Origami Diagrams for DownloadThese pages present diagrams that may be freely downloaded and used for personal enjoyment. While "traditional" origami models are in the public domain, the vast majority of published origami designs are of recent authorship and therefore cannot be published or used commercially without obtaining permission from their creators and/or diagrammers. OrigamiUSA is very concerned about protecting and respecting the rights of origami artists, authors, and diagrammers: please see our copyright page for more details.Kusudama Flower Bouquet AssemblyMaterials: 4.6 squares of scrapbooking paper, buttons, 20 gauge white cloth stem wire I've been VERY busy assembling Kusudama flowers for my sister's wedding. My best guesstimate (that IS a technical term by the way! ) is that I'm going to need about 200 flowers for 1 bridal bouquet, 3 bridesmaids bouquets, and 3 flower girl baskets. With 5 pedals per flower (which have to be folded separately) that's about 1,000 individual pedals. So, back to the first sentence . . .
Paper Flowers – Anyone Can Do ThatJapanese Kusudama, this tutorial is featured on Craftuts Anyone can do that, I assure you. The proof: I can, just take a quick look at my result below. And, believe me, I am neither meticulous nor particularly patient. You could even say I’m the opposite.Printable OrigamiClick the Links to Download! Scroll down to find the links to all of the printable origami diagrams on this site, made into convenient pdf's for you! Just click to download, then enjoy! You will need Adobe Reader installed on your computer in order to open the pdf file. You can get Adobe Reader here Show Off Your Origami!!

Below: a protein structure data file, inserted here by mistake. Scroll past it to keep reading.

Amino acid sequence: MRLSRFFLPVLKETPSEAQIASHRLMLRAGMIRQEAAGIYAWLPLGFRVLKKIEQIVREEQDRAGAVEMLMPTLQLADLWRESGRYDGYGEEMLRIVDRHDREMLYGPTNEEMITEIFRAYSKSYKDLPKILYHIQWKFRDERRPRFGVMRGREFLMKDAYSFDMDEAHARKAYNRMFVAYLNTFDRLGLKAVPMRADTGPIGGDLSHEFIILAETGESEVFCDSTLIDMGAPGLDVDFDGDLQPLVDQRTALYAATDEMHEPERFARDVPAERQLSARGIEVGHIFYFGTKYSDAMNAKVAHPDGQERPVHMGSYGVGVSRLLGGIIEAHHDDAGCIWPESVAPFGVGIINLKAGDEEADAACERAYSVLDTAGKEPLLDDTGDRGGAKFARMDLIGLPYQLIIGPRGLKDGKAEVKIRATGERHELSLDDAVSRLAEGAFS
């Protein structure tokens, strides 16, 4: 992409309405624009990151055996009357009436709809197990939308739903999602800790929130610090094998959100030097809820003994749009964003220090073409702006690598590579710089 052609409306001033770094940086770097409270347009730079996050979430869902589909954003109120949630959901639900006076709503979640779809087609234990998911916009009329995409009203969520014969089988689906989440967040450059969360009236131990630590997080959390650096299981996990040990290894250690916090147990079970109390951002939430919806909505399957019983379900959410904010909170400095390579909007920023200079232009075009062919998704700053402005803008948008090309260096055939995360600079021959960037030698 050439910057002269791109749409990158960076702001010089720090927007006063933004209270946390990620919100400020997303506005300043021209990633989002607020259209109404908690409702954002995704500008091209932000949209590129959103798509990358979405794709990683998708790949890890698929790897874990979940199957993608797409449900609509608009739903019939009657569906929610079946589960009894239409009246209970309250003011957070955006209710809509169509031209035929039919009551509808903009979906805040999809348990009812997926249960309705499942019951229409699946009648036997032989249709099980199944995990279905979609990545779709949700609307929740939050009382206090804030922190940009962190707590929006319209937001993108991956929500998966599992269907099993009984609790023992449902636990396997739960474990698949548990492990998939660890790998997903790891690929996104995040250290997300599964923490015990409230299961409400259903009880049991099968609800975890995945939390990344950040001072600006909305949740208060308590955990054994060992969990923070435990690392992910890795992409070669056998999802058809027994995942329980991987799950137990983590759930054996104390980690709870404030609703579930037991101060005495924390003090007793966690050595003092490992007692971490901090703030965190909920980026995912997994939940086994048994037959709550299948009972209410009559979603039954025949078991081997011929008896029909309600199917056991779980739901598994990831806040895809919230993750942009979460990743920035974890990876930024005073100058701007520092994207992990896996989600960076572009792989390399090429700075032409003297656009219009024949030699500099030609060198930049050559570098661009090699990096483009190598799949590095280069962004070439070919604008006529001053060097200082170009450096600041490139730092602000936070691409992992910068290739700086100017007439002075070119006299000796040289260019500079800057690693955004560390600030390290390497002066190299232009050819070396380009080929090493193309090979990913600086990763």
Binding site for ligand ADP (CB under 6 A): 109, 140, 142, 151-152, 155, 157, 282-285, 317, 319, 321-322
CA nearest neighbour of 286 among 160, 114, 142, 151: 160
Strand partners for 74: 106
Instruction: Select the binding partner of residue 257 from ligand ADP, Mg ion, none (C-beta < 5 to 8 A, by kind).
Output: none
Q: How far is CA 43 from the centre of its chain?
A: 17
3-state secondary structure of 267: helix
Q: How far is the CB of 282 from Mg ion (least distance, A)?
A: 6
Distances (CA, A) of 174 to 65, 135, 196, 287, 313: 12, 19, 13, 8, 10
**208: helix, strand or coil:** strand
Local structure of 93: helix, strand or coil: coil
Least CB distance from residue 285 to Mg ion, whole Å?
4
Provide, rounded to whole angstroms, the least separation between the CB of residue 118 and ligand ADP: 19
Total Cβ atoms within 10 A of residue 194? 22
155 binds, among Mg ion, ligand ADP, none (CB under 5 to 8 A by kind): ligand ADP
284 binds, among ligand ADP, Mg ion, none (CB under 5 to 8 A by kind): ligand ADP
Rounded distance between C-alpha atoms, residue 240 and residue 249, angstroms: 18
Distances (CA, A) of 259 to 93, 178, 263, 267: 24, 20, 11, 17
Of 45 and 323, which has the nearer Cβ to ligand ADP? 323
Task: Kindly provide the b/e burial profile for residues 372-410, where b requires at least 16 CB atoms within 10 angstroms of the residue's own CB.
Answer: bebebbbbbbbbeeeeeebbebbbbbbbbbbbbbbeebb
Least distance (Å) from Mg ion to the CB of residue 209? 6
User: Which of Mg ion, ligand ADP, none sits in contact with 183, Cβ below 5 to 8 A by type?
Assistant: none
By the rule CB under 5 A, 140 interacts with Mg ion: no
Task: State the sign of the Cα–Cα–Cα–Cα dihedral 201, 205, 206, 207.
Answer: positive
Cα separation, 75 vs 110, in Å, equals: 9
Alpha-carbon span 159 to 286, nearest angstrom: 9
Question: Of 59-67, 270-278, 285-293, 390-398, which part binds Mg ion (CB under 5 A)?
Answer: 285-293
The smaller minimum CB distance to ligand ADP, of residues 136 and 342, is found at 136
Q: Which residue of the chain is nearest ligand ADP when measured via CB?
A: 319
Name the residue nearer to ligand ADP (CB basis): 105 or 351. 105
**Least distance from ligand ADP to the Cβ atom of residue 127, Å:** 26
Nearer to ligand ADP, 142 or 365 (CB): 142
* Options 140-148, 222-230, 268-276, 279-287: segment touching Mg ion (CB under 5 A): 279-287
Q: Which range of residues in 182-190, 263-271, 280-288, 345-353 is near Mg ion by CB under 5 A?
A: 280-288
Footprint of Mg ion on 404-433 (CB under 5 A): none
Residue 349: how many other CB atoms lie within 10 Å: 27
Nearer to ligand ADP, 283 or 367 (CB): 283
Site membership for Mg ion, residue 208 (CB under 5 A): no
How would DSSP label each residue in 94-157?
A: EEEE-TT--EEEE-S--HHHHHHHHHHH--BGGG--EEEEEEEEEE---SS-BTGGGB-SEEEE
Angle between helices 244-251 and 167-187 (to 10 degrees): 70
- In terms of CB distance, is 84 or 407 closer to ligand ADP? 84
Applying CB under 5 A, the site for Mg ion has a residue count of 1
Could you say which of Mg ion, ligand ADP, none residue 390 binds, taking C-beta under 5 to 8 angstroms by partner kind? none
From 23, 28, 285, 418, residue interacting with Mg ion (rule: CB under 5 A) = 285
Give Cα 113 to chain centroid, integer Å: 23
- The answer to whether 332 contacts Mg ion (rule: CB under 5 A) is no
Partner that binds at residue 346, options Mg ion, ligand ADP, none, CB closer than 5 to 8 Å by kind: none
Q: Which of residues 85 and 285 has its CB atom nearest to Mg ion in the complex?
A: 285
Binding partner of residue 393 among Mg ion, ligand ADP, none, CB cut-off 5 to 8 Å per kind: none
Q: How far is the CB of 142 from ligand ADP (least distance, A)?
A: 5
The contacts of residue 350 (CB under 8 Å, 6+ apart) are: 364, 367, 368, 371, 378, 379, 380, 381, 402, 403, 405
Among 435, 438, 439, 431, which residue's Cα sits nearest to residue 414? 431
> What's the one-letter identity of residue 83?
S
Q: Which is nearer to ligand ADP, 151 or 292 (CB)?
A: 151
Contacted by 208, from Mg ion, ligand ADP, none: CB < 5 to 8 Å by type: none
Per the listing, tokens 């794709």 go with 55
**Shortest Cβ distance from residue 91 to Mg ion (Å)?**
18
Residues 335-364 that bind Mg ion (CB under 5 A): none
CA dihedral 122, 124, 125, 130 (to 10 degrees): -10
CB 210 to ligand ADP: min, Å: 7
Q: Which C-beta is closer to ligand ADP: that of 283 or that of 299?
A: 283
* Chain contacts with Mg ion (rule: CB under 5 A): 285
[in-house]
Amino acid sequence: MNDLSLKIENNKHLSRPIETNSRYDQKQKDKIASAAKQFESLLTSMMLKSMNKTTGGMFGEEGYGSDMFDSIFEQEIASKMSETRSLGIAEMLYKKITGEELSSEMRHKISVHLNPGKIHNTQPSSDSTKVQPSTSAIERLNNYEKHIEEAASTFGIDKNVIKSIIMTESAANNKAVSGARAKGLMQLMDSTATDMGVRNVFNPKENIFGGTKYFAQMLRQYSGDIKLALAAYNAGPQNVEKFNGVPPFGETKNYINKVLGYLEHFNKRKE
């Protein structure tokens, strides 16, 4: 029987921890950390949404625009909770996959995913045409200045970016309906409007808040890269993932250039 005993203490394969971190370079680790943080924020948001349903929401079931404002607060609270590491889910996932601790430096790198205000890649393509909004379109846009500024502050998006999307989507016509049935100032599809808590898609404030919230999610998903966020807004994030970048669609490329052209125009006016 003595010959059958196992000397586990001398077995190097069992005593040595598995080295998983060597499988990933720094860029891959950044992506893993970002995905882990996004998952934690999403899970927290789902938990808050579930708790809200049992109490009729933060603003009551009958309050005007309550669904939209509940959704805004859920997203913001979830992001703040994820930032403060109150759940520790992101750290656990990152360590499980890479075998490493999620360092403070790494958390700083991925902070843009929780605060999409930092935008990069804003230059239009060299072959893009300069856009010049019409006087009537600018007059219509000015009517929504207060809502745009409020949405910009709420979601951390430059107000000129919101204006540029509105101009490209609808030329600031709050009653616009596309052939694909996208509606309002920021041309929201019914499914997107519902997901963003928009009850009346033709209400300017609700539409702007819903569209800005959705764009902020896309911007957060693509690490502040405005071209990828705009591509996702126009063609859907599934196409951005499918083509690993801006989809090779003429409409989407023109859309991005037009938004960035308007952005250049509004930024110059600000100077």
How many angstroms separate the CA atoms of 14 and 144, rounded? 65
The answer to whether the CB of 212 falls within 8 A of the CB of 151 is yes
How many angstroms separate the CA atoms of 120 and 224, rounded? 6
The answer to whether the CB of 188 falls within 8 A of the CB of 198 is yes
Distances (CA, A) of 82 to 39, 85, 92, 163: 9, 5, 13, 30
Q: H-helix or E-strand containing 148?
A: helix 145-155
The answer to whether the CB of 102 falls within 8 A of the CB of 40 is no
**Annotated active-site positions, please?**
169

Fleurs dans un vase kusudamaOrigami Kusudama Flowers are one of the cutest origami creations. It is easy enough for kids to make with little adult supervision. These make a perfect gift for their Mom this mother's day.Kusudama Tutorial part 1The Japanese kusudama is a paper ball made out of multiple identical origami shapes glued together. They were traditionally used as a ball for incense or potpourri but now we see them more for decoration or as a gift. Today I am showing you part 1 on how to make the Japanese traditional shape.